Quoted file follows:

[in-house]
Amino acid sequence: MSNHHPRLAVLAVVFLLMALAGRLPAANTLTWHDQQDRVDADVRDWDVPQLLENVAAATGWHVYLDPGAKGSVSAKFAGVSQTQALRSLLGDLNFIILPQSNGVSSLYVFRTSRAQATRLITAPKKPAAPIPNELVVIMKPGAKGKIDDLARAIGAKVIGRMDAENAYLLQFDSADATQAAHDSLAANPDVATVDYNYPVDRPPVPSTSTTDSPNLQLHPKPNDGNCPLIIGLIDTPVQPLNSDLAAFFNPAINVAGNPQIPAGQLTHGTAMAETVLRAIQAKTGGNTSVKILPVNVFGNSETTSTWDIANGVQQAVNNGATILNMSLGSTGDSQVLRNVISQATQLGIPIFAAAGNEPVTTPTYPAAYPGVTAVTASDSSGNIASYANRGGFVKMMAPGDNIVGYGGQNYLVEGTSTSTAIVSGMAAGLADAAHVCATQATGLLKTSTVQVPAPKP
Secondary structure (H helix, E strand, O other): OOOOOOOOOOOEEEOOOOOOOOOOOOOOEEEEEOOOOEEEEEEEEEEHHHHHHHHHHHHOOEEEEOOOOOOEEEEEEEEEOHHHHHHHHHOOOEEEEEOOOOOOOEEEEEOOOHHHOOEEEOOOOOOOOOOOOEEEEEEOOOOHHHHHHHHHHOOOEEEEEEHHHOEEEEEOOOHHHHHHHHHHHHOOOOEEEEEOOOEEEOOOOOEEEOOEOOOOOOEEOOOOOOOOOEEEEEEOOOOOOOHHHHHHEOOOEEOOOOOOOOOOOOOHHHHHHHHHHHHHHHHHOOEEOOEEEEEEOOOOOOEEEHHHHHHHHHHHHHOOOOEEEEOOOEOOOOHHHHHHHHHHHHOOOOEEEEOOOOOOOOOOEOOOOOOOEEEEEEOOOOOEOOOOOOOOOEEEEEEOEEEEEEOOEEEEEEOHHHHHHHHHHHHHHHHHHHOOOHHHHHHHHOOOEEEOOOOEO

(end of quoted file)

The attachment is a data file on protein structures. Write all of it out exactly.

[in-house]
Amino acid sequence: MSNHHPRLAVLAVVFLLMALAGRLPAANTLTWHDQQDRVDADVRDWDVPQLLENVAAATGWHVYLDPGAKGSVSAKFAGVSQTQALRSLLGDLNFIILPQSNGVSSLYVFRTSRAQATRLITAPKKPAAPIPNELVVIMKPGAKGKIDDLARAIGAKVIGRMDAENAYLLQFDSADATQAAHDSLAANPDVATVDYNYPVDRPPVPSTSTTDSPNLQLHPKPNDGNCPLIIGLIDTPVQPLNSDLAAFFNPAINVAGNPQIPAGQLTHGTAMAETVLRAIQAKTGGNTSVKILPVNVFGNSETTSTWDIANGVQQAVNNGATILNMSLGSTGDSQVLRNVISQATQLGIPIFAAAGNEPVTTPTYPAAYPGVTAVTASDSSGNIASYANRGGFVKMMAPGDNIVGYGGQNYLVEGTSTSTAIVSGMAAGLADAAHVCATQATGLLKTSTVQVPAPKP
Secondary structure (H helix, E strand, O other): OOOOOOOOOOOEEEOOOOOOOOOOOOOOEEEEEOOOOEEEEEEEEEEHHHHHHHHHHHHOOEEEEOOOOOOEEEEEEEEEOHHHHHHHHHOOOEEEEEOOOOOOOEEEEEOOOHHHOOEEEOOOOOOOOOOOOEEEEEEOOOOHHHHHHHHHHOOOEEEEEEHHHOEEEEEOOOHHHHHHHHHHHHOOOOEEEEEOOOEEEOOOOOEEEOOEOOOOOOEEOOOOOOOOOEEEEEEOOOOOOOHHHHHHEOOOEEOOOOOOOOOOOOOHHHHHHHHHHHHHHHHHOOEEOOEEEEEEOOOOOOEEEHHHHHHHHHHHHHOOOOEEEEOOOEOOOOHHHHHHHHHHHHOOOOEEEEOOOOOOOOOOEOOOOOOOEEEEEEOOOOOEOOOOOOOOOEEEEEEOEEEEEEOOEEEEEEOHHHHHHHHHHHHHHHHHHHOOOHHHHHHHHOOOEEEOOOOEO